Over at the US Dramatic Competition, many buzz-worthy titles had their initial shots at becoming the next big prizewinner as the entire crop has been screened at least once. I have so far seen (apart from Cherien Dabis’ May In The Summer which I already talked about in my Day 1 recap), John Krokidas’ Kill Your Darlings, David Lowery’s Ain’t Them Bodies Saints, and Francesca Gregorini’s Emanuel and The Truth About Fishes (with a few more coming up tomorrow and Tuesday); and among these, David Lowery’s title easily stands out with its slowburning, lyrical Texan tale of love torn apart by crime. Blending a western look with Malick-esque storytelling, Lowery’s handle on the joyless lives of his characters (with pitch-perfect performances by Casey Affleck, Rooney Mara and Ben Foster) impresses and bruises. It’s the kind of movie that will attract a lot of admiration, yet perhaps not enthusiasm. Krokidas’ Kill Your Darlings, which tells a story of murder in the early college years of American poet Allen Ginsberg, is stylish in bringing back a period to life, and once again features phenomenal performances by the entire cast (including Ben Foster, once again); yet the film goes slightly off the rails in its 3rd act, which can simply be salvageable through re-editing. Lastly, Francesca Gregorini’s Emanuel And The Truth About Fishes tells a surreal, quiet story of coping, longing, letting in and letting go. Emanuel, a sharp yet mysterious teen living with her dad and stepmother (in an initially stagnant, yet increasingly keen performance by Kaya Scodelario) forms a bond with the cool next door neighbor Linda (Jessica Biel) and the turn of events brings her closer to understanding loss. Despite the gorgeous cinematography and the interesting nuances in the film which constructs Linda’s story as the antithesis of Emanuel’s, this title is unlikely to resonate in this category. I am still planning on seeing Shane Carruth’s Upstream Color, Jordan Vogt-Roberts’ Toy’s House and Lynn Shelton’s Touchy Feely; however based on the early reviews and instant Twitter reactions of critics attending the festival, it is safe to say that Toy’s House has a real shot at being the winner of this category.
In the US Documentary Competition, I wouldn’t be exaggerating if I said almost all titles here are creating the kind of buzz that makes them look like potential winners. Documentaries have been enjoying a fruitful theatrical run in 2012 continuing the trend of the previous few years, and this year’s Sundance titles suggest that we can continue to expect greatness from non-fiction storytellers. I have managed to fit in Martha Shane and Lana Wilson’s After Tiller, and Morgan Neville’s Twenty Feet From Stardom (see my Day 1 recap) into my schedule so far –and it’s worth mentioning not all titles have been screened in this category yet- but based on what I’m so far hearing, the competition might be between these two. I am personally a big fan of both titles, but would be especially pleased if After Tiller, a vital, inevitable documentary for which “brave” doesn’t come close to being a sufficient definition, wins this category. Following 4 doctors who perform late term/3rd trimester abortions in the US, After Tiller gives voice to those who stand in the extreme end of an already controversial topic. Given the political dimension of the story, and the expected hate it will attract, all screenings of this doc (which the doctors themselves attended as well), were tightly monitored by a security staff. I am still looking forward to seeing Greg Barker's Manhunt: The Search For Osama Bin Laden and Zachary Heinzerling’s Cutie and The Boxer.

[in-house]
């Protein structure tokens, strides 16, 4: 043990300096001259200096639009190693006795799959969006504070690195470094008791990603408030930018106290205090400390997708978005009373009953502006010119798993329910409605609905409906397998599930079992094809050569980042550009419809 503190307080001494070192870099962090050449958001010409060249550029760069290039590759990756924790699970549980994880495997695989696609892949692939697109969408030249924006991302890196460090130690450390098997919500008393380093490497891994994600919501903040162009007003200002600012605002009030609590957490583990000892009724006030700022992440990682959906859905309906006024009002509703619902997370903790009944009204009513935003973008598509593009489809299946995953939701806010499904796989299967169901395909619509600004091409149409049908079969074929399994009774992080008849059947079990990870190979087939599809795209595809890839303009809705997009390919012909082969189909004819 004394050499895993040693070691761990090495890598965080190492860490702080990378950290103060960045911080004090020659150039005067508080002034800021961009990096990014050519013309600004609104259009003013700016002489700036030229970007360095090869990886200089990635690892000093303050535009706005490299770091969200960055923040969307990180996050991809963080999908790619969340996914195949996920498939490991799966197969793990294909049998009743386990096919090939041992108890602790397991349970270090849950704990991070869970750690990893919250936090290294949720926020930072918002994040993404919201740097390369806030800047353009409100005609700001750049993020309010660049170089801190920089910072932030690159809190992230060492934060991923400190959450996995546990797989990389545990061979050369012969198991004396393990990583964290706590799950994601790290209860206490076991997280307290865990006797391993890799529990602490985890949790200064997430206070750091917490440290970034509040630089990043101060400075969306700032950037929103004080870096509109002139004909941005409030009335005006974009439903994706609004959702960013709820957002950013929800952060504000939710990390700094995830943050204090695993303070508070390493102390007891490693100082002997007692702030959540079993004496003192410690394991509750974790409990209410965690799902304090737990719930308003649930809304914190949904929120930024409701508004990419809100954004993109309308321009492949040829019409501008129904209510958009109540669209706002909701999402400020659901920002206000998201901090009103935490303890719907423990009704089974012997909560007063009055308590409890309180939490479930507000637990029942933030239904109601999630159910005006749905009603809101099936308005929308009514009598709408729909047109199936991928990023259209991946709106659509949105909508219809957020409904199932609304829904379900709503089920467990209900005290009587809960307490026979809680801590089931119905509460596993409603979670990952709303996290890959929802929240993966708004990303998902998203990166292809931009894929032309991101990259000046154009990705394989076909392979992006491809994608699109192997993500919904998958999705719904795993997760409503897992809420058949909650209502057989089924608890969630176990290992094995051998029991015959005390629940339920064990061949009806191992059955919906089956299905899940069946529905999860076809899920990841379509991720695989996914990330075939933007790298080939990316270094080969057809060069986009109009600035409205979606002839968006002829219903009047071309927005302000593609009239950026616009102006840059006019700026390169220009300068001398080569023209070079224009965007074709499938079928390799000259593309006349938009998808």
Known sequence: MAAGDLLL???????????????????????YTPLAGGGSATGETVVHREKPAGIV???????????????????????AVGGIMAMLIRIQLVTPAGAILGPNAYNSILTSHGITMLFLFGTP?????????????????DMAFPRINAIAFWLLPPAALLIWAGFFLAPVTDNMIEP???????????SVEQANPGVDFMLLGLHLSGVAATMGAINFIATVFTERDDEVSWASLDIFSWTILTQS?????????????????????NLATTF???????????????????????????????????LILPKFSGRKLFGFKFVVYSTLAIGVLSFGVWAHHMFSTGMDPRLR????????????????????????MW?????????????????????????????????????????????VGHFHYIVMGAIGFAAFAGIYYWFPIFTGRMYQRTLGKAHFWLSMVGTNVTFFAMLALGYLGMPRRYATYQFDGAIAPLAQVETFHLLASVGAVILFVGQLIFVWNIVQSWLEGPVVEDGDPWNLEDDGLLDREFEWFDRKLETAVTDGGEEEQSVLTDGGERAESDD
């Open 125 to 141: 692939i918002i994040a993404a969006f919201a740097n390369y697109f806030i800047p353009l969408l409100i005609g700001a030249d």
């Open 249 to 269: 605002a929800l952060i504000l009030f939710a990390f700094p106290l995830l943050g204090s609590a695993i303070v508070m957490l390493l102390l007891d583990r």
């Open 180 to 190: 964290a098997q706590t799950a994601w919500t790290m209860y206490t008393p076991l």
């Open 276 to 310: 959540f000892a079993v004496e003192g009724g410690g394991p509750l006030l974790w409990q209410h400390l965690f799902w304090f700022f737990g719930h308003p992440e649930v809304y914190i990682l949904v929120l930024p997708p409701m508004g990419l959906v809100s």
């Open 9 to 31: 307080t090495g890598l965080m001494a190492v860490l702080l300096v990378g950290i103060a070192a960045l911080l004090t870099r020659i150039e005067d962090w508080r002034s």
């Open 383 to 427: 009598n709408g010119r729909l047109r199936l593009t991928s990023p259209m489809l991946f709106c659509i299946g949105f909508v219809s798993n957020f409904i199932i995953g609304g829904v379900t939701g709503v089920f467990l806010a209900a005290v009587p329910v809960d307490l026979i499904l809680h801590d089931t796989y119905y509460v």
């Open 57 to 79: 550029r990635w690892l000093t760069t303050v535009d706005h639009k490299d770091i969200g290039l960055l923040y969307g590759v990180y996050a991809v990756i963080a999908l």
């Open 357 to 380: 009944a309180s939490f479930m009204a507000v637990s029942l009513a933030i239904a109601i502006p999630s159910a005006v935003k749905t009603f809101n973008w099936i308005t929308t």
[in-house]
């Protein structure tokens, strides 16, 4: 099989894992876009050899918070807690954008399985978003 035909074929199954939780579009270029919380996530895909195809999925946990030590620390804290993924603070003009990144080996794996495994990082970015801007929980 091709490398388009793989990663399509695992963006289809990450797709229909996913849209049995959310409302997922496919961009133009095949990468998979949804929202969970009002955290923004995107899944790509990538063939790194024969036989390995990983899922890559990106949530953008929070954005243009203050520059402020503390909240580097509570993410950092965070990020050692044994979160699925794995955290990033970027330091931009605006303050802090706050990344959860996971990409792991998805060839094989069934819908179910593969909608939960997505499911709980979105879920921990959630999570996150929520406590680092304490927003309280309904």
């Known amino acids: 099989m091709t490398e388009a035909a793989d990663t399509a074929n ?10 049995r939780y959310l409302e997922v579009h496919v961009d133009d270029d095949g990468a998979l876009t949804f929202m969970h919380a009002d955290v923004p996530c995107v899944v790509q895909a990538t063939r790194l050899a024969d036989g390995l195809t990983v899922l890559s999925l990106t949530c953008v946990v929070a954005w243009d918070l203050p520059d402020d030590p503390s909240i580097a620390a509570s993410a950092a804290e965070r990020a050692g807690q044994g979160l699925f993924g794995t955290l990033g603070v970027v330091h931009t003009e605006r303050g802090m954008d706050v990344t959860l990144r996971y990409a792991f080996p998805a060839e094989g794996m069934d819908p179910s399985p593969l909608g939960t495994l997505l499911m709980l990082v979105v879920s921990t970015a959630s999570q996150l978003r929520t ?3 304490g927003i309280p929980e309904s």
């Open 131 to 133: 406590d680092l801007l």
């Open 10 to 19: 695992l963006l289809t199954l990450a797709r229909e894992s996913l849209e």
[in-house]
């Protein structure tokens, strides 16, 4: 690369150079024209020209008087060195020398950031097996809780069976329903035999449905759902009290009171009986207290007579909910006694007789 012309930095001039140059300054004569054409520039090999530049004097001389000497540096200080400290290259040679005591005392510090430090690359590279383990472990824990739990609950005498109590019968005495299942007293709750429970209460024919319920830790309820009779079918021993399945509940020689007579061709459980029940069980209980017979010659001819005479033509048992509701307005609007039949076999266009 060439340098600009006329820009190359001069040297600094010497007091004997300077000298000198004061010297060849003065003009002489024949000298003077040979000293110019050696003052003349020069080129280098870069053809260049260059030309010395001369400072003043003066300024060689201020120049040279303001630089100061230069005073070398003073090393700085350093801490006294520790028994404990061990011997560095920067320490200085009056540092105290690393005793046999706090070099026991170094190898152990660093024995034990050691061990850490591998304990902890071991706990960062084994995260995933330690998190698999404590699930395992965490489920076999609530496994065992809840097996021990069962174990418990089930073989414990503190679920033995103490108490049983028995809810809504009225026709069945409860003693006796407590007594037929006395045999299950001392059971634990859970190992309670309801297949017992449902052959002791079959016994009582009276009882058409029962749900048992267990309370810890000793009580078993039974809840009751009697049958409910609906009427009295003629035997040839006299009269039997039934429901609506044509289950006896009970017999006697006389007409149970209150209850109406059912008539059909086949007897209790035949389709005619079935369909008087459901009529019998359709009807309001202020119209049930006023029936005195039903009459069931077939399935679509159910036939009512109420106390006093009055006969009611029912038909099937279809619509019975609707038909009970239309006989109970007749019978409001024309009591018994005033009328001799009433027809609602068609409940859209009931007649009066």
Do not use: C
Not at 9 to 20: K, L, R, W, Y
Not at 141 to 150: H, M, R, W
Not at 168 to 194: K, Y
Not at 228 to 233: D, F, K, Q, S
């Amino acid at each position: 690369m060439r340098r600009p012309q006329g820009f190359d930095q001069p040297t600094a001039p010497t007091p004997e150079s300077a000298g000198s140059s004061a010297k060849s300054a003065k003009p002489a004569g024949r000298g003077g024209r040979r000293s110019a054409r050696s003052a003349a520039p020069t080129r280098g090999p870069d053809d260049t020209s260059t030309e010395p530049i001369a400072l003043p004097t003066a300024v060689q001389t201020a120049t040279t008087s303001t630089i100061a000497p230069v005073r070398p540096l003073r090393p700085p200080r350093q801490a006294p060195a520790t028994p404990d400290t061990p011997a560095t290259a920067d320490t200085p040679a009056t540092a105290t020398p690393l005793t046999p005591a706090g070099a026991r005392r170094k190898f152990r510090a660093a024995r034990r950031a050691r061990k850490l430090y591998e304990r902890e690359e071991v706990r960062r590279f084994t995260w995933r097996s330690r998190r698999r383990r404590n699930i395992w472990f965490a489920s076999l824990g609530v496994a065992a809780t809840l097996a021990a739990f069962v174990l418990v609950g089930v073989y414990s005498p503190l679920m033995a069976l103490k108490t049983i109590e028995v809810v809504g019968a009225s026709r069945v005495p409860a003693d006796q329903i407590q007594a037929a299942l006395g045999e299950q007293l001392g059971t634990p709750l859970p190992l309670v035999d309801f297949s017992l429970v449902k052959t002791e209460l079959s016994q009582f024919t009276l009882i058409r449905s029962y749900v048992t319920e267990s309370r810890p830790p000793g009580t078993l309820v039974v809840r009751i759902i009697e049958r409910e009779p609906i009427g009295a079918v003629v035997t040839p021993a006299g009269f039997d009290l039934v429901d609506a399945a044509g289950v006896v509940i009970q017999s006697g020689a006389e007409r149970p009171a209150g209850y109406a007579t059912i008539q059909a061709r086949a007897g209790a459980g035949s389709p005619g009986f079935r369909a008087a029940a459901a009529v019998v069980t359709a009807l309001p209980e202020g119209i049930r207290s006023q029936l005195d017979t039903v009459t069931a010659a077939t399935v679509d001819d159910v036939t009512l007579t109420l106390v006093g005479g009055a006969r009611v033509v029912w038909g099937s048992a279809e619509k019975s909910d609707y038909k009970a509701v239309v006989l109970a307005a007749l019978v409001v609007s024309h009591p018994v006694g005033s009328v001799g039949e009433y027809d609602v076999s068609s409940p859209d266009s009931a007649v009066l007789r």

Lastly, the Premieres –which are usually the most star-studded entries of the festival- made for a colorful few days here in Park City. Park Chan-Wook’s Stoker, which favored style over substance in what happened to be the festival’s biggest disappointment for me, widely divided audience reactions. In The East, Zal Batmanglij’s second collaboration with the beautiful Brit Marling and his follow up to the masterful Sound Of My Voice, tension and mystery were tightly managed to the advantage of this highly entertaining film’s pace. Among the titles I haven’t yet seen, sex –as Robert Redford mentioned during the opening press conference- seems to be a recurring theme in films such as Don Jon’s Addiction (Joseph Gordon Levitt’s directorial debut), Anne Fontaine’s Two Mothers, and Drake Doremus’ Breathe In. I look forward to catching more of these titles before I depart on Wednesday. When one looks at the last weekend, it is easy to see that none of the titles have been generating as much buzz as Richard Linklater’s Before Midnight, his third and final (perhaps?) installment of the trilogy, which started out with Before Sunrise and Before Sunset. It had its first screening earlier tonight and many critics on Twitter have already declared it a masterpiece. I am seeing it tomorrow morning at 8:30 am and it won’t be easy, especially after tonight’s Fox Searchlight party that was still in full swing as I was heading back to my condo at well after midnight.